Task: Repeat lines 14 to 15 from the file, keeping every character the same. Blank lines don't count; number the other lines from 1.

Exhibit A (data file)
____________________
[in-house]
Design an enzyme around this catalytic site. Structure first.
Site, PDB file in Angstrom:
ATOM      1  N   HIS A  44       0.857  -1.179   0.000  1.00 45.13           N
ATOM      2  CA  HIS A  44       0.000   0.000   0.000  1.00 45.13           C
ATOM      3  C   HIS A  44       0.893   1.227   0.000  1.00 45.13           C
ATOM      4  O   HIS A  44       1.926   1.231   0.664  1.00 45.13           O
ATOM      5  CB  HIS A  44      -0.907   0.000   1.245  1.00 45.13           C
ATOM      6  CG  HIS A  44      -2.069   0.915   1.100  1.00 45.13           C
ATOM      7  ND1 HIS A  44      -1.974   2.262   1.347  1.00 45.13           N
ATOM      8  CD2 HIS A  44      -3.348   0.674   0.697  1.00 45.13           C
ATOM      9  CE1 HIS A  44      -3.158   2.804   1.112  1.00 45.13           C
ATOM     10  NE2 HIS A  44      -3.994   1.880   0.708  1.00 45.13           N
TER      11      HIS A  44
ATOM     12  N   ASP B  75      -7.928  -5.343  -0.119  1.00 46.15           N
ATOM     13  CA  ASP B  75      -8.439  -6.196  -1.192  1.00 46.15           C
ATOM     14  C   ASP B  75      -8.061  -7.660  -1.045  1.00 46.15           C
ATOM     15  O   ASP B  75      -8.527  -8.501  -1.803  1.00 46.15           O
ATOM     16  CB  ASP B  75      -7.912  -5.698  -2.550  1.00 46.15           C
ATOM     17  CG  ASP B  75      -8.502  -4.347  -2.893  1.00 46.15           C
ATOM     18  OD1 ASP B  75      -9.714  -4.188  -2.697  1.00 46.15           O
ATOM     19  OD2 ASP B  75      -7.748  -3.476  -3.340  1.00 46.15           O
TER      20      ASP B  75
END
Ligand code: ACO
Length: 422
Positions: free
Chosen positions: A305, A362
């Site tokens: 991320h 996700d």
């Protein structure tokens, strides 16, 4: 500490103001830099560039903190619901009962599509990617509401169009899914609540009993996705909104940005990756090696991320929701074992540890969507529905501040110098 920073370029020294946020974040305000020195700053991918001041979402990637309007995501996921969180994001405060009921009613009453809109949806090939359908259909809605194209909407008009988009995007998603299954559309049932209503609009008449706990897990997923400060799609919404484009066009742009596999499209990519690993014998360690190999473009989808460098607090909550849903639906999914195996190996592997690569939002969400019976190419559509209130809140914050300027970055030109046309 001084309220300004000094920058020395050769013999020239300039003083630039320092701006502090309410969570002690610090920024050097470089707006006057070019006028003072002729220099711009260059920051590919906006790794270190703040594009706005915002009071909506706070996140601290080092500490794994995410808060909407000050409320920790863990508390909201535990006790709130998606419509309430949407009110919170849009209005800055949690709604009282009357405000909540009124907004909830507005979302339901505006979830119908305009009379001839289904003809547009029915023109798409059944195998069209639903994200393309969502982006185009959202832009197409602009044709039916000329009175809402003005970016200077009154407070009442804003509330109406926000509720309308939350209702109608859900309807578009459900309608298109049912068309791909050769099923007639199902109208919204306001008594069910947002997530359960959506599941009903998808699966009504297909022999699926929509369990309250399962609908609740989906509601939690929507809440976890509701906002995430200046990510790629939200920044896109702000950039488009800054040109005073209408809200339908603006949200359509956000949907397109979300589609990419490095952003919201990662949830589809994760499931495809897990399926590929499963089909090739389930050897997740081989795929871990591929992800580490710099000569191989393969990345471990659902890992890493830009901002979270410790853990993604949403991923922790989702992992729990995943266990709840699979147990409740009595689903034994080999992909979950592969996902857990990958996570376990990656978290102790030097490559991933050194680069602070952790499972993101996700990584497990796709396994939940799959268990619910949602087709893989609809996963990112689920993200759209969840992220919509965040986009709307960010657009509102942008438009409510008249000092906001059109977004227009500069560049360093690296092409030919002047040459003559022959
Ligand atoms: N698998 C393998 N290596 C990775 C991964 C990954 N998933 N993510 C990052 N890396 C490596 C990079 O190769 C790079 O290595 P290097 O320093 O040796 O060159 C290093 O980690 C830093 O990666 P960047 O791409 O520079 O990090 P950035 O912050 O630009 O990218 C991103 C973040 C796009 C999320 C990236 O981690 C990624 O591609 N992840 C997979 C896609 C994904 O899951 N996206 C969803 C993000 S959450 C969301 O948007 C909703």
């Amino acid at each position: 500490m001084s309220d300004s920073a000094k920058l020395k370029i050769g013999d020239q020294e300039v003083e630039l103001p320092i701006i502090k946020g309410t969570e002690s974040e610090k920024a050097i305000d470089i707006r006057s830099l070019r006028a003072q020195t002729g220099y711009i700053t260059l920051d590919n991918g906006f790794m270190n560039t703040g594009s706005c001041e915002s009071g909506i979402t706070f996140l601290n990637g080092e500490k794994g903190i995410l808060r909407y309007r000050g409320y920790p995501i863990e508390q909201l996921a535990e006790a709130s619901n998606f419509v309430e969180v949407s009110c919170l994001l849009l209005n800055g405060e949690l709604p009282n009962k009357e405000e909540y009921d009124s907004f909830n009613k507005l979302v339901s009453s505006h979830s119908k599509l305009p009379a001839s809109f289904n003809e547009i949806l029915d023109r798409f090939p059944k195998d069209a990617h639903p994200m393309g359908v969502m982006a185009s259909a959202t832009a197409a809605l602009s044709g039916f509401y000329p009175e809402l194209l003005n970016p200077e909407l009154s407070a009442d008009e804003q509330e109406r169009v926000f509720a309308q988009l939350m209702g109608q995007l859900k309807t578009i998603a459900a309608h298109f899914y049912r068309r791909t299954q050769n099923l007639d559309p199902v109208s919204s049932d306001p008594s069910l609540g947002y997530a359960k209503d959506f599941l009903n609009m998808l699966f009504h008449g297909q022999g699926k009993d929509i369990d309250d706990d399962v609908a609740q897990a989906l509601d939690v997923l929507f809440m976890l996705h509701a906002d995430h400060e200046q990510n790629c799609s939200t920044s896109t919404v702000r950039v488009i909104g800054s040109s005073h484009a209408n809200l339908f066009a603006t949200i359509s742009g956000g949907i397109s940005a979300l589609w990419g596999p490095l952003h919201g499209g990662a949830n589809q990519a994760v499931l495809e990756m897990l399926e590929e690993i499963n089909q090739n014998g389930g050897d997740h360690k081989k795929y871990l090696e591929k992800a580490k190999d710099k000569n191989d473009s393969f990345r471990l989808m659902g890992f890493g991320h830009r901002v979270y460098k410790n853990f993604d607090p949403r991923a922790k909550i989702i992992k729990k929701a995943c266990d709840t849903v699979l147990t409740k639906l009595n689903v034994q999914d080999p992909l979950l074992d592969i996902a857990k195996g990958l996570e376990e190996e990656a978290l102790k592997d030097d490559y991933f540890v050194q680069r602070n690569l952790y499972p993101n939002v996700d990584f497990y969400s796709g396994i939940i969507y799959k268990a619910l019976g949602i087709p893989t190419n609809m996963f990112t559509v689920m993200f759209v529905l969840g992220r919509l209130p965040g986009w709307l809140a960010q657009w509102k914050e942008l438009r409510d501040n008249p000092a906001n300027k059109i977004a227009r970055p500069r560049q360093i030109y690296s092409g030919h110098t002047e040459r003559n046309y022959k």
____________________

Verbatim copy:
TER      11      HIS A  44
ATOM     12  N   ASP B  75      -7.928  -5.343  -0.119  1.00 46.15           N